Skyline un-park

While I was growing up in Topeka I used to love to drive up to Skyline Park which sits atop Burnetts Mound. In recent years the city has let the park go to ruin, and even shut it down to all auto traffic at some point. I have tried not less than 8 times in the last 2 years to get back up there by casually driving by. Today I was bent on getting a nice sunset image – so I headed of to Skyline Park.

Upon arriving I found the drive padlocked – with, not kidding, four padlocks on one chain. Just to the right of this is a sign telling me it is open until a half-hour after sunset. This was not surprising to me, as this is how it sat the last 2 years.

Last fall Westar has taken an interest in revitalizing the city park. In October they had a volunteer work day to start it off, then in mid March they had another workday. Not sure when it will be completed, but I am looking forward to it. Kudos for local business taking interest in their community.

The drive up has many memories of my youth, from sledding behind an SUV (not a wise idea kids), to playing in the now-locked storm shelter. I even recall some time sitting on a blanket on the west side during sunset. We used to hop up there to see storm fronts in the area.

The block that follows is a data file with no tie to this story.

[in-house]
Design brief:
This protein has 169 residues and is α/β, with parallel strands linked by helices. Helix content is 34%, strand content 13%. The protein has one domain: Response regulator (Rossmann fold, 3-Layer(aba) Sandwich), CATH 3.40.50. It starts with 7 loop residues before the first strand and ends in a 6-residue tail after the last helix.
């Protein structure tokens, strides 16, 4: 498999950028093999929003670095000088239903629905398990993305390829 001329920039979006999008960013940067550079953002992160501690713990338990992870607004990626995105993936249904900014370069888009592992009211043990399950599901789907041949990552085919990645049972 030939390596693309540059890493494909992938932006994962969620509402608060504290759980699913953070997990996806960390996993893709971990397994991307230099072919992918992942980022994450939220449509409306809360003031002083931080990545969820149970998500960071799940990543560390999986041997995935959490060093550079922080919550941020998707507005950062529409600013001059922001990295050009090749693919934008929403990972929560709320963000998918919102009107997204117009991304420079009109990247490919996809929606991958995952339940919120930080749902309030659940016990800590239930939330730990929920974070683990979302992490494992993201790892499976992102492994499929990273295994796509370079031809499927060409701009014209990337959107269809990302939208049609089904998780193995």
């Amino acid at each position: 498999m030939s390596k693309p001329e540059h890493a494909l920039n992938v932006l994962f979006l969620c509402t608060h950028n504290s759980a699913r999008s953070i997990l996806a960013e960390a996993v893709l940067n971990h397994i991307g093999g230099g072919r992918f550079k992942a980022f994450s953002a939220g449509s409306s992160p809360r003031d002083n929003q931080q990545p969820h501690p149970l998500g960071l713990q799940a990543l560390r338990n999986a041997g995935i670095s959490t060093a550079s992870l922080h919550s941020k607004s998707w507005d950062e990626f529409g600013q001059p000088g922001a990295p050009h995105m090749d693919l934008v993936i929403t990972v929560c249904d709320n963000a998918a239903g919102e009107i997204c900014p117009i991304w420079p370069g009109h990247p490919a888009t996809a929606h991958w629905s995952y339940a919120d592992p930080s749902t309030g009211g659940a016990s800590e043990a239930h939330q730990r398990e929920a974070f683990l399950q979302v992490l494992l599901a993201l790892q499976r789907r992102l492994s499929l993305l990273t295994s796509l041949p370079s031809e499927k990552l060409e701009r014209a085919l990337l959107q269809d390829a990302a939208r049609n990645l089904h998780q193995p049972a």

Moving on, I parked my van nearby and hiked up the north side, then tracked around and up the west side. The image below was taken just as the sun started to near the horizon. It was a picture perfect evening – just gorgeous.

If you want to see the other images from tonight, check here

According to this Cap Journal article, we may have a grand opening around independence day. Also, another blogger had the same locked gate issue and provides a ton of back story to the mound also.

One last thing I will add – here is a surreal  article from Popular Mechanics from March in 1967 relating to the mound & the 1966 F5 twister that leveled a huge strip of Topeka.

Nikon D7000 | 1/2000 | ISO 200 | 400mm | f/32 | flash - not used.
Topeka, Sunset, Skyline Park, Burnett's Mount



  1. Bloom

    nice pictures! The locks are for the different companies that have equipment on the cell tower at the top. Most of the combination locks are cell carriers like Verizon (red), T-Mobile and ATT and the keyed ones are utilities like ATT (different branch) and Westar. The old rusty one that nobody uses probably belongs to the city.

    Then there’s always that one lock that’s left “out of the loop” by someone who didn’t understand what daisy chaining meant…prompting a call to the home office and a large set of bolt cutters.

  2. Terri Anderson



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